Have you ever been hanging out with the same old crowd when suddenly a fresh, new face burst onto the scene? This new person brings a new form of energy, a wisp of danger, the very real sense of excitement to an existence that needed to be invigorated. You find yourself capitulating to the new person's will almost immediately.
A year later, you're still hanging out with the same old crowd when someone asks you if had you had met anyone new and interesting lately. "Not really," you reply. "You know, the same old same old." Suddenly you feel a twang of guilt because there was that one brief tropical storm that blew through a year earlier, but while it was a nice change of pace, it turned out to be something rather unsubstantial -- a fresh, sparkling coat of paint on what turned out to be a shallow package.
I've been having those same kind of feelings about the movie Slumdog Millionaire. It appeared suddenly out of the east, caught us all up in its tidal wave, blew through, picked up a slew of Oscars and left, not really altering the landscape all that much.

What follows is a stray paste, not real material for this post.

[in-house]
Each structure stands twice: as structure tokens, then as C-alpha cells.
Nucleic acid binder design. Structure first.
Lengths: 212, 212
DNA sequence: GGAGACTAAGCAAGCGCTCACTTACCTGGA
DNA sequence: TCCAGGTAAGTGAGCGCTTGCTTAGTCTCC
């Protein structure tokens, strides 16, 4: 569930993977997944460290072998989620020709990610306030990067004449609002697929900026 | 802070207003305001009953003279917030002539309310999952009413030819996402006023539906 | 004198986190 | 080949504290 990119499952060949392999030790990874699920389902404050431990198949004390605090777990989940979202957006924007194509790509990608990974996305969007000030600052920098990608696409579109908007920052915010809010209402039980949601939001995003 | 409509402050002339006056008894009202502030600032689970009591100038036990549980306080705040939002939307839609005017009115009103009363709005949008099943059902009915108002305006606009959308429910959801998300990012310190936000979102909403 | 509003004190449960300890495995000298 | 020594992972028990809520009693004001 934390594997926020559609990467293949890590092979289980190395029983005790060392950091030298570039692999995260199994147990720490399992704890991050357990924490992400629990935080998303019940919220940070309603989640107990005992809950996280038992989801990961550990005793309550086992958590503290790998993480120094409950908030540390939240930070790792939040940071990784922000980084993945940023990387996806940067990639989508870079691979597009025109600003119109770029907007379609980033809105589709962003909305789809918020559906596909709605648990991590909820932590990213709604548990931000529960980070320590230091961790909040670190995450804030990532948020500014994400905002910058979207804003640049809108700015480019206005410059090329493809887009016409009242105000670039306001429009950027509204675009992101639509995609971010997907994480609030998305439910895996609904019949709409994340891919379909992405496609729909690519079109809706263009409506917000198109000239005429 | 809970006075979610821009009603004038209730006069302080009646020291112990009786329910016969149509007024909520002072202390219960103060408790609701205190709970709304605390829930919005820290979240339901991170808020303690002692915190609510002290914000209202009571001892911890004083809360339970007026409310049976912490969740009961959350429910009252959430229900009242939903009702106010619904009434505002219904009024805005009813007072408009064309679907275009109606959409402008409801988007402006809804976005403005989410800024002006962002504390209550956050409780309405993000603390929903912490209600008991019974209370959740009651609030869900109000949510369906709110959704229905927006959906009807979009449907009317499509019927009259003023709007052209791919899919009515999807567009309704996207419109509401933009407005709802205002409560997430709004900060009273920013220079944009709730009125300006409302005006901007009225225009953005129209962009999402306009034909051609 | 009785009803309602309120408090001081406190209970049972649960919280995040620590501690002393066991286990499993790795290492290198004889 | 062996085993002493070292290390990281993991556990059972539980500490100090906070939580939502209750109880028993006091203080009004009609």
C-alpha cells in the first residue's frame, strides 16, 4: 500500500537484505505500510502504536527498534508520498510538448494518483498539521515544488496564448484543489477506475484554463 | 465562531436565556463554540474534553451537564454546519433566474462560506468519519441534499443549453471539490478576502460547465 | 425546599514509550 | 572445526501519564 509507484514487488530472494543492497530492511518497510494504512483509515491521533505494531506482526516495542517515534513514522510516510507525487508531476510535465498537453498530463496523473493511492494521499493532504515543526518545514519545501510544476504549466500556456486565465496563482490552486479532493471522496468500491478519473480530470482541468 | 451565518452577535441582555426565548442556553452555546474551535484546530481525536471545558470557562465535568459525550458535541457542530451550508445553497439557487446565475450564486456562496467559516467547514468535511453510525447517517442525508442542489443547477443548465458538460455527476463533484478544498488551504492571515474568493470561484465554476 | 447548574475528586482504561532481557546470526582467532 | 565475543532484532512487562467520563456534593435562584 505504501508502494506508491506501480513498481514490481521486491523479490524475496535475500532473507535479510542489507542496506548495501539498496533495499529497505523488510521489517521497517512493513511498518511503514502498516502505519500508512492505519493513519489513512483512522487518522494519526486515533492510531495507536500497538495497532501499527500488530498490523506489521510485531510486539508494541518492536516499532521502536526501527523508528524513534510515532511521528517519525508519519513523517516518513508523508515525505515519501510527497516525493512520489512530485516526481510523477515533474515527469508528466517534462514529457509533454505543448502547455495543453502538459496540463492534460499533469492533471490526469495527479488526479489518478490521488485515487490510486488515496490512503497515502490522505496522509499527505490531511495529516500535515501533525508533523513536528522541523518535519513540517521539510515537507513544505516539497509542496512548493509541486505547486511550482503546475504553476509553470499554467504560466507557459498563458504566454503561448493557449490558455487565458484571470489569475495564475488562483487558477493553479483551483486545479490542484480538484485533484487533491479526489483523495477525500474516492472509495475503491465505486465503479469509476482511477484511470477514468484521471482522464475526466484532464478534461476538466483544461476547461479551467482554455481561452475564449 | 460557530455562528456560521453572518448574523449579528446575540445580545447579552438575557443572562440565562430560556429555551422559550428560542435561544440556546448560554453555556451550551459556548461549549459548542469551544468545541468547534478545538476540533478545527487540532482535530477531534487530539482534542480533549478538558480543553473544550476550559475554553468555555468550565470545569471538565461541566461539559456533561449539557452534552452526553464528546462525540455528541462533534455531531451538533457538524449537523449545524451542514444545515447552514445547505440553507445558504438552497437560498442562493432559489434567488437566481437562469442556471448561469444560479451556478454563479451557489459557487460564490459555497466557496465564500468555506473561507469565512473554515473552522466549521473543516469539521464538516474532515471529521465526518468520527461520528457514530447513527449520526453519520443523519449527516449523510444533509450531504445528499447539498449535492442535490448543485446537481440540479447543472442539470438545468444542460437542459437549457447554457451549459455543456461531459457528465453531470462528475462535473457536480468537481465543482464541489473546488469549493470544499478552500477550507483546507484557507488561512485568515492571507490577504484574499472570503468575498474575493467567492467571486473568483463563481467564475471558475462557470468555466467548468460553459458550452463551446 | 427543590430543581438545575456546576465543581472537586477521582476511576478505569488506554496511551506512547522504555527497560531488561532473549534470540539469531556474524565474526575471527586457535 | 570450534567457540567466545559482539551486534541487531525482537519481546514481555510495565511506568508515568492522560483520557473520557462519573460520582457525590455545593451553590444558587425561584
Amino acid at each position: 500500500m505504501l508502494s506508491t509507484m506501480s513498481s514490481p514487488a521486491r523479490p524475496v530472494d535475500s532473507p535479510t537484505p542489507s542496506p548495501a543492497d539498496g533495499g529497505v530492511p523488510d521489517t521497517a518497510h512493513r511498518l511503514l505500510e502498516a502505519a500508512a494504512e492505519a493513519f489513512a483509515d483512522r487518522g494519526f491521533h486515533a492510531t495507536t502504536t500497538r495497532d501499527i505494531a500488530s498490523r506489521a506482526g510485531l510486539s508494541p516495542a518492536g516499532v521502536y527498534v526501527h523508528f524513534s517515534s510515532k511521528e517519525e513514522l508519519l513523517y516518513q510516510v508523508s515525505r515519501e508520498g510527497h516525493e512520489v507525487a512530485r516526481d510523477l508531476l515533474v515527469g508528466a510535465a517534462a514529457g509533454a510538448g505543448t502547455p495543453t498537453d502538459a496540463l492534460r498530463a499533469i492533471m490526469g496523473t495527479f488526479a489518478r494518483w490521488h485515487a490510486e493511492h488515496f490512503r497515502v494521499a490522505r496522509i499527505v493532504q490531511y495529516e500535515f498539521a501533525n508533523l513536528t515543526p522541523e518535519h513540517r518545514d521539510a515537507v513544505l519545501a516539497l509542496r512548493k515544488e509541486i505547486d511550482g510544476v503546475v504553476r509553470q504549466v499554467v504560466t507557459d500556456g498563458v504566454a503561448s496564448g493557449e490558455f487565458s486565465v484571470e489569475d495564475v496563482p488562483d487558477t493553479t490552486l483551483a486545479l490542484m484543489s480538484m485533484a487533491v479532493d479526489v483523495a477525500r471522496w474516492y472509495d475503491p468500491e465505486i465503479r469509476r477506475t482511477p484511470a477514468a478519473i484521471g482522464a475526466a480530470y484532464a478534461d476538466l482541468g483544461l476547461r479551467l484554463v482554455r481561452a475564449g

I was recently reviewing the handful of films that I thought were not only the best of last year but films that will be remembered fondly long into the next decade -- films like The Visitor, Frozen River, Happy Go Lucky, Milk, Wendy and Lucy, Let the Right One In, I've Loved You So Long, The Wrestler, and, yes, even The Dark Knight. And in the back of my mind was this nagging suspicion I was leaving out a film that belonged in that list. When I realized the film I was forgetting was Slumdog Millionaire, I took another careful look at it and thought, "No, it really doesn't belong on that list."
Slumdog caught us all by surprise, but like any light that shines too brightly at the beginning, its dazzle has faded rapidly. In about five years -- perhaps even less -- it won't even be remembered as one of the 10 best films of 2008, let alone the best.